The solution is equally simple: keeping your money. Quite contrary to the bartender’s advice, every single dollar you manage to keep for yourself contributes to your wellbeing. The dollars bring peace, because they eliminate the worry of not having enough of them. They bring freedom, because you can wield them like a sword to cut new paths for yourself in life that were formerly closed. When invested properly, they multiply automatically and decrease the amount of your time you need to devote to earning a flow of them. You don’t have to be an early retiree to feel this effect, because benefits begin immediately. Every dollar you manage to save between zero and financial independence contributes to this peace and happiness.
Of course, it is possible to screw up even this simple equation, so beware:
- Dollars saved beyond the level of “Enough” don’t bring you even more happiness, because Enough is Enough.
- People with fully secure and happy lives may not need the psychological crutch of financial independence to live completely free from worries.
- And those who cross the line from “Frugal” to “Cheap” may end up compromising personal relationships in pursuit of dollars, which is an unprofitable tradeoff.
But the point remains: if you are currently in search of more happiness and wondering how to put your growing professional income most efficiently to work in this search, the first thing you should might look into buying with that money is Nothing.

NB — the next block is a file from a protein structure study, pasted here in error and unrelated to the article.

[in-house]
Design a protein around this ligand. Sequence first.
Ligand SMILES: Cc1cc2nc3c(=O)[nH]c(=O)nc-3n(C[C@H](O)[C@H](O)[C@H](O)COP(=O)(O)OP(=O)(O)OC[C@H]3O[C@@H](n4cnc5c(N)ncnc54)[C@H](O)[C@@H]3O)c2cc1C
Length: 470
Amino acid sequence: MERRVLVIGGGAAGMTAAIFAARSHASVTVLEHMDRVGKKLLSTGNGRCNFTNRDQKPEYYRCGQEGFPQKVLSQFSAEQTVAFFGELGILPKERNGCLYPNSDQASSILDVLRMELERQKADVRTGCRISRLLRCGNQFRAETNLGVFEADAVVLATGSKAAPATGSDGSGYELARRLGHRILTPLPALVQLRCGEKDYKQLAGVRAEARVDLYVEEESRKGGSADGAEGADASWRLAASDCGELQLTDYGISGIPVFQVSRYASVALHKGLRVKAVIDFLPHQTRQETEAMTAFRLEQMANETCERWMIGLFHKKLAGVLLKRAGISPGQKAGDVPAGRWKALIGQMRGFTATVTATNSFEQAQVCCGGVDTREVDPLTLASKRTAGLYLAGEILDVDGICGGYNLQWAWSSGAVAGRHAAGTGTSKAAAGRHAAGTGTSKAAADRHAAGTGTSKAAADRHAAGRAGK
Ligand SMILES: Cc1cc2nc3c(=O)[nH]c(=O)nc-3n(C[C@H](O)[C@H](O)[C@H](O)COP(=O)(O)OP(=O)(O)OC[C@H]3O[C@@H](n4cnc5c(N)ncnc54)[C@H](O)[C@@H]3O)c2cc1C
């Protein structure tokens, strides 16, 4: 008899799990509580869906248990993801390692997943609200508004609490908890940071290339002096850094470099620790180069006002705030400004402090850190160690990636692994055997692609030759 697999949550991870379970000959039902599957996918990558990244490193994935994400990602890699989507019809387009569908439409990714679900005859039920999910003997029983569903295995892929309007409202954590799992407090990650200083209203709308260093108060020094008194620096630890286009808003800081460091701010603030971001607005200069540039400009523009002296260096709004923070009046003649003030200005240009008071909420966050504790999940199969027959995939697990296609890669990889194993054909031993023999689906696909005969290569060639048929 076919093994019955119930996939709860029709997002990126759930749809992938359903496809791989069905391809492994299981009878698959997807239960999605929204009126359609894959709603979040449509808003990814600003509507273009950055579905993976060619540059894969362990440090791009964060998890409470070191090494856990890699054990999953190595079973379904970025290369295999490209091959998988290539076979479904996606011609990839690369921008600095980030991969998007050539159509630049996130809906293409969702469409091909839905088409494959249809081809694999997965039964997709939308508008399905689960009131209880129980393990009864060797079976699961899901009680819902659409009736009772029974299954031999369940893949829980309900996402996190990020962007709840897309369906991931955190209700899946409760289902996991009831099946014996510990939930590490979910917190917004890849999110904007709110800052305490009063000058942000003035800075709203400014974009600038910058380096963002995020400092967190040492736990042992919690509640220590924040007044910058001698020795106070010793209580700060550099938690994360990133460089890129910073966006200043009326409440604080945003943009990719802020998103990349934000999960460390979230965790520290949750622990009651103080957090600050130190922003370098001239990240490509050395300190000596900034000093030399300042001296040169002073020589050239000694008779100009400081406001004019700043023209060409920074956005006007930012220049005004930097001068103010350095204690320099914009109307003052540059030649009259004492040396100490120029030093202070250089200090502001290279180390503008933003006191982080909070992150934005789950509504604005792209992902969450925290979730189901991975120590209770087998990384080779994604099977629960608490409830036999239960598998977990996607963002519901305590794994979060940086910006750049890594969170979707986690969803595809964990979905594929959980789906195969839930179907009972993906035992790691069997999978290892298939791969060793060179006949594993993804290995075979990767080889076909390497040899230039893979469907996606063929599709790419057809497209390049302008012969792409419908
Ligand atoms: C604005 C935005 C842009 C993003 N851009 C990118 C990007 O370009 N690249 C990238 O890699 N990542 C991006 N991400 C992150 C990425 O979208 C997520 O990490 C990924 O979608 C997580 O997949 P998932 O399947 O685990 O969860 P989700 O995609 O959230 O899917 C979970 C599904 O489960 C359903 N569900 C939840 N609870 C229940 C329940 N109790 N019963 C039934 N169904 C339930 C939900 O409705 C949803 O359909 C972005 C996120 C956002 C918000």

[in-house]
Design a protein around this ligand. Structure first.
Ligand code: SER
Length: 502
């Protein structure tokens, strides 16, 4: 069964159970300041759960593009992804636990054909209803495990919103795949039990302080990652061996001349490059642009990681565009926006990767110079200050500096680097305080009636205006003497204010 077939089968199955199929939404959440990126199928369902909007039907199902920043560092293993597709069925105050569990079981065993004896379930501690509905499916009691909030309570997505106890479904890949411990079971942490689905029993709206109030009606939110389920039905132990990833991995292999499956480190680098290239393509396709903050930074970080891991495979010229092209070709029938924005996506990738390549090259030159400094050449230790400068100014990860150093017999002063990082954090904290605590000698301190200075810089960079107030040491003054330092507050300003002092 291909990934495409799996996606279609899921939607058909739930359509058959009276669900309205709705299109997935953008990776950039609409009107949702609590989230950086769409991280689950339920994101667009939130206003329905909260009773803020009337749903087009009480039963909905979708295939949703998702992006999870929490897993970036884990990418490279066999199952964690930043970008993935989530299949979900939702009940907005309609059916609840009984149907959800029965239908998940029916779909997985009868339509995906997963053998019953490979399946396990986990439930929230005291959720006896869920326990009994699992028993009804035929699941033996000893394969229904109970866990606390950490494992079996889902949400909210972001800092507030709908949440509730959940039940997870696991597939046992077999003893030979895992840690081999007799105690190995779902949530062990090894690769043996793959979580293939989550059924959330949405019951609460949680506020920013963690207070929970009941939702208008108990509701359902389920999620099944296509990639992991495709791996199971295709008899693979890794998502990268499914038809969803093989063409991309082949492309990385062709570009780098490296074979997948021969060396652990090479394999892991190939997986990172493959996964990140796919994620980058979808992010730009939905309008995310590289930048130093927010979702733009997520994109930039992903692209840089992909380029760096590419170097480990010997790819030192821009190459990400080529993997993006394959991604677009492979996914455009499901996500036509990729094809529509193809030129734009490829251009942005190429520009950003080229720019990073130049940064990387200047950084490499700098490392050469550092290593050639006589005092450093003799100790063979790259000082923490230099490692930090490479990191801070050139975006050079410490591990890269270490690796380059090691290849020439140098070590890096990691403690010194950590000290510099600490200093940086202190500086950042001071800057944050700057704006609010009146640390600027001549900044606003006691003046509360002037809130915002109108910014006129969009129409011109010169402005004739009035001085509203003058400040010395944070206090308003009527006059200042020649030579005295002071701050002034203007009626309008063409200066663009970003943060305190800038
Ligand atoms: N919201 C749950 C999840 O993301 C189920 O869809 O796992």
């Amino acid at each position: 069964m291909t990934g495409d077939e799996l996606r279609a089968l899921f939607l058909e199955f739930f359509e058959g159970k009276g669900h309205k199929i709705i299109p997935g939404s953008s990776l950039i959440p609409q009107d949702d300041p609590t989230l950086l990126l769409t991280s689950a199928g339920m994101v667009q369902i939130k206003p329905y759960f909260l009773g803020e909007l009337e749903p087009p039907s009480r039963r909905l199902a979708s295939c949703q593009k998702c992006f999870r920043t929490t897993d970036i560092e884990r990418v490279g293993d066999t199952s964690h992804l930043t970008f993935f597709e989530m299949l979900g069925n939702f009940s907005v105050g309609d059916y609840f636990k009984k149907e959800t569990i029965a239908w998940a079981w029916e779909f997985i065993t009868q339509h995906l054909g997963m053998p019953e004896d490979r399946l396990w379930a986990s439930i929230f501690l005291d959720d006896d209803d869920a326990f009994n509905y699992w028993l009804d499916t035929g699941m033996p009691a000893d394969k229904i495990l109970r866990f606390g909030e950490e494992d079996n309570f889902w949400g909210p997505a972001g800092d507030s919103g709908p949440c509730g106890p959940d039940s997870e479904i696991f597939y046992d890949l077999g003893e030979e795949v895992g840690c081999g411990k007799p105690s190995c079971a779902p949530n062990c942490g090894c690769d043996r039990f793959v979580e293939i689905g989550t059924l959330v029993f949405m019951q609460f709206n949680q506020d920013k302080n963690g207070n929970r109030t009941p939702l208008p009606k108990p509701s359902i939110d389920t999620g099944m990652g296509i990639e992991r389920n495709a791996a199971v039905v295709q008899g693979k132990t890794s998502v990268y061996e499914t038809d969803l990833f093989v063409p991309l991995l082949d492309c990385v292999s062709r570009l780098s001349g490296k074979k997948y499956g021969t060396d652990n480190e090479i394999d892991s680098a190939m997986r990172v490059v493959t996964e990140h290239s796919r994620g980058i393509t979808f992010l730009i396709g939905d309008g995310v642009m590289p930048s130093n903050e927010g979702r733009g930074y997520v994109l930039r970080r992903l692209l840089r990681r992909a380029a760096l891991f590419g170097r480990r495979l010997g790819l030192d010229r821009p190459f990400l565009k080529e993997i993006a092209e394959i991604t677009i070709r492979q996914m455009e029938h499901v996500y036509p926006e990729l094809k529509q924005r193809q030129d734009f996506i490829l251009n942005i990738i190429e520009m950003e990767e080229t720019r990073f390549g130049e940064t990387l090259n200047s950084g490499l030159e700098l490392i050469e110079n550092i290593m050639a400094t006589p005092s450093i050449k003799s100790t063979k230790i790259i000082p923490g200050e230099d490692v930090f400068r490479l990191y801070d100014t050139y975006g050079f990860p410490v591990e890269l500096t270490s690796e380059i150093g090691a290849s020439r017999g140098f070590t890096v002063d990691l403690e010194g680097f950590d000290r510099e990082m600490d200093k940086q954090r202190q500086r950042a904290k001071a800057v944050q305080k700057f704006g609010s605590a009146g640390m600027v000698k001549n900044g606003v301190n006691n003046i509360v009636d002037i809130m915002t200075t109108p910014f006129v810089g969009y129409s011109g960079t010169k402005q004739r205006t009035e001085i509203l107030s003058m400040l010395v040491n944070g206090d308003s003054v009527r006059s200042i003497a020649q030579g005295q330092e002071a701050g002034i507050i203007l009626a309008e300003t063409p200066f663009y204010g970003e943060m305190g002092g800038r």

This is just one paper from one individual, but I enjoyed the pretty thorough take on connections between savings and happiness
For some of us, this can be a chicken-and-egg problem: I was more prone to worry in my youth, because I didn’t know much about life. The freedom offered by financial independence gave me time to relax, read, and build closer relationships. This led me to learning much more about happiness. Now I know enough that I could be happy even without all this money. But I give the money the credit for getting this whole process started. And now I get the fun of giving it all away over my lifetime!
This post is collected from http://www.mrmoneymustache.com/2014/04/14/how-to-make-money-buy-happiness/